Babylon & Beyond

Observations from Iraq, Iran,
Israel, the Arab world and beyond

« Previous Post | Babylon & Beyond Home | Next Post »

DUBAI: Police chief says 'one or two' more European identities used in Hamas killing

April 5, 2010 | 10:53 am

Dubai-scene

Dubai Police Chief Lt. Gen. Dahi Khalfan Tamim returned to the spotlight after weeks of relative silence to reveal that "one or two" more European suspects are linked to the assassination of Hamas operative Mahmoud Mabhouh, but their names have not been released for "security reasons."

In a lengthy and wide-ranging interview with Jaber Harmi of the Qatari newspaper Al Sharq published Sunday, Tamim praised Britain's cooperation in the investigation but said that other European countries are not working "in the spirit of cooperation."

"Patience has its limits," he warned, without specified consequences.

Suspected Israeli assassins allegedly used the identities of European nationals to forge fake passports to enter Dubai and kill Mabhouh. Experts say that Dubai has tried to verify the frauds with European governments before releasing new names. 

So far, Dubai has relied on the cooperation of other countries to confirm or deny the falsification of their passports. If one of Dubai's European partners was dragging its feet in helping to identify the two unnamed suspects, Tamim comments may be interpreted as a warning to hurry up before Dubai takes matters into its own hands.

"In each case before they have checked with and tried to get the country to verify that this person may exist but that it’s not the person in the passport," said Kenneth Wise, a researchers at B’huth, a Dubai-think tank. "The goal is to protect the innocent but also prevent themselves from being caught up in something they can't verify. They don’t want to be accused of fiction."

Dubai-mabhouh-mother-ap

The Sharq interview was the first Tamim has given in weeks. From the time of Mabhouh's killing in late January until March, Tamim acted as gleeful ringmaster to the media circus surrounding the Mabhouh case, holding almost daily press conferences and openly mocking the Israelis, whom the Emirati and the British government have accused of ordering the hit.

Tamim denied he was under pressure from Persian Gulf governments to keep silent. But one well-informed source in Dubai said that officials had in fact told Tamim to tone done his rhetoric and threats, which included barring those who looked "Israeli" from entering Dubai. "At the point at which he became quiet he had been strongly advised to become quiet," said the source, who spoke on condition of anonymity.

Even Tamim confirmed that he received  threats through indirect channels."I received one threat via e-mail, and someone called a retired police officer in Dubai and told him to tell me to shut up," he said.

He also said an unnamed Gulf official with what he described as ties to Israel also called to passed on a threat under the pretext of offering advice.

“He clearly has the trust and confidence of the top leadership in Dubai," Wise said.

Aside from his dramatic flare, Tamim's police work was impressive, and his team's investigation eventually revealed 27 alleged Israeli Mossad agents traveling on forged passports from Australia, France, Germany, England and Ireland.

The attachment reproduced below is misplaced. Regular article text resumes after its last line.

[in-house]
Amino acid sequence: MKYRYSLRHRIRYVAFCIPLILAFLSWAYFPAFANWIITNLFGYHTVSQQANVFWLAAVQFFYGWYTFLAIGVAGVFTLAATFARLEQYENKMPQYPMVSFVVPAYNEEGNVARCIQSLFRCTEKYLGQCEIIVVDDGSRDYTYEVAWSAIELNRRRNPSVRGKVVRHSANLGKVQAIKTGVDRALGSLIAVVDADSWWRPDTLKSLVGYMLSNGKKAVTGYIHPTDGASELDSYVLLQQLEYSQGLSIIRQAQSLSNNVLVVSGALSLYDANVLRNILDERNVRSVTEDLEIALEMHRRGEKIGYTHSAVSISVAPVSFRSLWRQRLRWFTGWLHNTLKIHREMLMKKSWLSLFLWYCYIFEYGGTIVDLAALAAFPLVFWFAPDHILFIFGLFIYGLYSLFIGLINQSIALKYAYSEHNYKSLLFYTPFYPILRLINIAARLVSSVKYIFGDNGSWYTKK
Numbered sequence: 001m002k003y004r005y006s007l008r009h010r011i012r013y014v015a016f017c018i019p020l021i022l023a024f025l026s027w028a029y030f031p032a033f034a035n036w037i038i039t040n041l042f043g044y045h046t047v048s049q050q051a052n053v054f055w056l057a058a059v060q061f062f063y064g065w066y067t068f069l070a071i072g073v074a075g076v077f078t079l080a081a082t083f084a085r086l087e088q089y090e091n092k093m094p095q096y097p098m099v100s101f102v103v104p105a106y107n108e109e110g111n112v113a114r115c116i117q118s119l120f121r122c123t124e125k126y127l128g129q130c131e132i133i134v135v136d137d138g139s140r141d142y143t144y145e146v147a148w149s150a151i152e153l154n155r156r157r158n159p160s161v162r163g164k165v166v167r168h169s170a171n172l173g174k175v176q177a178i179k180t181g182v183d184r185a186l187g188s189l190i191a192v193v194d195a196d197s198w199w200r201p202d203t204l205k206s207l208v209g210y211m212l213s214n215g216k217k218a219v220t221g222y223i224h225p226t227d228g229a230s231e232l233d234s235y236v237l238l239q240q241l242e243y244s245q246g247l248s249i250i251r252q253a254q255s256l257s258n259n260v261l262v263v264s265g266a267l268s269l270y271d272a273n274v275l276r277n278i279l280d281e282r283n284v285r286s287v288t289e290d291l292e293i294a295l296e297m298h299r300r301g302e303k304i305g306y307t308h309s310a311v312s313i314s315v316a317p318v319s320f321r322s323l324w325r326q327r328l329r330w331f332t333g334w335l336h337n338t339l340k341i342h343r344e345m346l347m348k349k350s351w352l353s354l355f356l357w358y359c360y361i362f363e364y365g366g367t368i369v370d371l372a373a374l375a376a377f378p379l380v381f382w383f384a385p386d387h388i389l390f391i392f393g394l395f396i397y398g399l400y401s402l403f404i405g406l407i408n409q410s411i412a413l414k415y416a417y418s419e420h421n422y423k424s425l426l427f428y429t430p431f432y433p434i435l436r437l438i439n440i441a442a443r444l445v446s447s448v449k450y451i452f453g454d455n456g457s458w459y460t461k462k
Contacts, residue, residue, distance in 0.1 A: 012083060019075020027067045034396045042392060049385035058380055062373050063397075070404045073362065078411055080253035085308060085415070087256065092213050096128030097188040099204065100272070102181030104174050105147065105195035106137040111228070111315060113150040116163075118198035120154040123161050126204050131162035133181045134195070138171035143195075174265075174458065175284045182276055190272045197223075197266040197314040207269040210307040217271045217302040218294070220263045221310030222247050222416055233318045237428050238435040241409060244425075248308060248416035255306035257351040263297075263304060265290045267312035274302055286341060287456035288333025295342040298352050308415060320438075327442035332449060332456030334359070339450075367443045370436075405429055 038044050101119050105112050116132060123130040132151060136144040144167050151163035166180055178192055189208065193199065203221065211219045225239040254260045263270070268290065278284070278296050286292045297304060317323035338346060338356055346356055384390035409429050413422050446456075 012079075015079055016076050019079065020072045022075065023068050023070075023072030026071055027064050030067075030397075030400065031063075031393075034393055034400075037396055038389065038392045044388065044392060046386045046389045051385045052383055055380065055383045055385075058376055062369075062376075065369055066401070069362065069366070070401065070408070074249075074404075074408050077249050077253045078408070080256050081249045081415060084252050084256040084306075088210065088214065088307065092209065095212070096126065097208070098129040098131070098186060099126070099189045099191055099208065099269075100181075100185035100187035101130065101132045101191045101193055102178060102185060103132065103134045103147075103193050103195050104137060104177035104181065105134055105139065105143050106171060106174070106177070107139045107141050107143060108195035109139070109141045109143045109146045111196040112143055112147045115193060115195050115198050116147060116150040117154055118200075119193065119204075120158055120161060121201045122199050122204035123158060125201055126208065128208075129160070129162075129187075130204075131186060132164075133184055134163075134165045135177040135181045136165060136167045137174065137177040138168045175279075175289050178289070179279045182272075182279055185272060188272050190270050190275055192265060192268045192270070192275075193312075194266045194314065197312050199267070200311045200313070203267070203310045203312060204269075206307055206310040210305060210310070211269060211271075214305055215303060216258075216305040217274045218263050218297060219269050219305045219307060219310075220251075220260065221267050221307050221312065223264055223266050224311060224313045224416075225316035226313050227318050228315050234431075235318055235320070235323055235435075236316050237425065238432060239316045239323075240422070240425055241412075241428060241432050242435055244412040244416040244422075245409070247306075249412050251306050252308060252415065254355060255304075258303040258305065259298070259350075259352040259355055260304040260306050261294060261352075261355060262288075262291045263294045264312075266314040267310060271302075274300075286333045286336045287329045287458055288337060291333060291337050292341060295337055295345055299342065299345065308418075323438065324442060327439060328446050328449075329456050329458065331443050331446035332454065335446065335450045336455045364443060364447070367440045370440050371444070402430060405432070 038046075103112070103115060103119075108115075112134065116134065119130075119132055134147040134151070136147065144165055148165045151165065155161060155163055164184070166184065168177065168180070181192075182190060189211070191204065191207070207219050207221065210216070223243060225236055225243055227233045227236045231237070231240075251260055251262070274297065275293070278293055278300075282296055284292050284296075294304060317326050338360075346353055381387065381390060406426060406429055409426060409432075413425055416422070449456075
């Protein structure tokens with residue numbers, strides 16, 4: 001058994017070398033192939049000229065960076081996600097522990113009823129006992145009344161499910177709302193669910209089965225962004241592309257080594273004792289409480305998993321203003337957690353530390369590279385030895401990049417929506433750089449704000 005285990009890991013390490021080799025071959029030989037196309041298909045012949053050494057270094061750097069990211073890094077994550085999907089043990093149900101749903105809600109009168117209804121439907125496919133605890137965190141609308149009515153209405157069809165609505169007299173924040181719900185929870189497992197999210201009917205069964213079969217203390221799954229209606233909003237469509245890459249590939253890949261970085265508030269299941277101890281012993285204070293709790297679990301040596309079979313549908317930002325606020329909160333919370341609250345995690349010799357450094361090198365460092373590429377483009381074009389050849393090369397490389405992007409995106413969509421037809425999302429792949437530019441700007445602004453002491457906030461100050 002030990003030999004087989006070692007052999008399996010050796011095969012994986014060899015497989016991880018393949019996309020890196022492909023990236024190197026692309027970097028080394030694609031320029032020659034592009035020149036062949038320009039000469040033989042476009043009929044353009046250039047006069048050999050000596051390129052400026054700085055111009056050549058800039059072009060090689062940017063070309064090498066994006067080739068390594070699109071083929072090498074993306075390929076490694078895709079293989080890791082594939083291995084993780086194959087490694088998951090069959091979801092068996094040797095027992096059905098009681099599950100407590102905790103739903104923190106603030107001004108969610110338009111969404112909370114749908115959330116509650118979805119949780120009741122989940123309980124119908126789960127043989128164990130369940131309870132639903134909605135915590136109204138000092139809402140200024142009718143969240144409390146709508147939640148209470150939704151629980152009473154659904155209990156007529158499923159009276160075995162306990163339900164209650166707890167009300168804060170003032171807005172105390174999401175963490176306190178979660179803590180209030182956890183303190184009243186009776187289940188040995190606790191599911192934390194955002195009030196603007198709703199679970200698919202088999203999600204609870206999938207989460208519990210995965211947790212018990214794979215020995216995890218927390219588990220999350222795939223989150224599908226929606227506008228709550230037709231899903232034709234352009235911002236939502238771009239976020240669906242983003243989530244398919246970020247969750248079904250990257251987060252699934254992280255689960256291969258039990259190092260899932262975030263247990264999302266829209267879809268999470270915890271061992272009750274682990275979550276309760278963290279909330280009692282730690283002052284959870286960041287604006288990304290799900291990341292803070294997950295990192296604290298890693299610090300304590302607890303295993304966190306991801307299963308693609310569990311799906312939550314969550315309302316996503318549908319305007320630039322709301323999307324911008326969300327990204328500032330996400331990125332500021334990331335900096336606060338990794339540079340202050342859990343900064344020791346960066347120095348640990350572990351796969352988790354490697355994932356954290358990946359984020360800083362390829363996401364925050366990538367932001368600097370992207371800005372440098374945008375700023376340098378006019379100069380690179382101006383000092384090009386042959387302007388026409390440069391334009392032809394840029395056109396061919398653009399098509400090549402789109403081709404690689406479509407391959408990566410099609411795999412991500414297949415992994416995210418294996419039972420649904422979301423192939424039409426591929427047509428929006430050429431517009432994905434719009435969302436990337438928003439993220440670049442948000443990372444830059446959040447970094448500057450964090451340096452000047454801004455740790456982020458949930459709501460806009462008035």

Tamim told Sharq that one of two Palestinian suspects in custody has been linked to the assassination, while the second will be released.

Tamim admitted that while Dubai authorities were unable to prevent the assassination of Mabhouh, they are taking even stronger measures to stop future crimes by beefing up surveillance, warning that Iranian, Western and Israeli spies continue to operate in the Arabian Peninsula.

Two weeks ago, Tamim said, Dubai installed 130 new security cameras in public places, bringing the total number of cameras in Dubai to more than 25,000.

Tamim's theatrics may have raised eyebrows among the Gulf's discrete rulers. But they also may make spys think twice before conducting operations in Dubai.

"He has an interest in sending the message that Dubai is not a place to turn into Cyprus or a Casablanca," said Wise, who previously taught international politics and strategic studies at Creighton University in Omaha. "Dubai may be using this investigation as an opportunity to clear out most of what Israel had here as its intelligence operatives.”

True to form, Tamim, who was recently named the second most powerful person in the Arab world by Arabian Business magazine, offered a dramatic flourish of humility when asked about his new celebrity status.

"I have neither the strength of Samson, nor the wealth of [Saudi billionaire Prince] Waleed bin Talal, but I wield the power of truth against an oppressive enemy," he said.

-- Meris Lutz and Borzou Daragahi in Beirut

Top photo: A view of Shaikh Zayed highway towers is seen from the observation deck of world's tallest building, Burj Khalifa in Dubai. Credit: Kamran Jebreili / Associated Press

Bottom photo: The mother of assassinated Mahmoud Mabhouh, one of the founders of Hamas' military wing. Credit: Hatem Moussa /Associated Press

Comments 

Advertisement










Video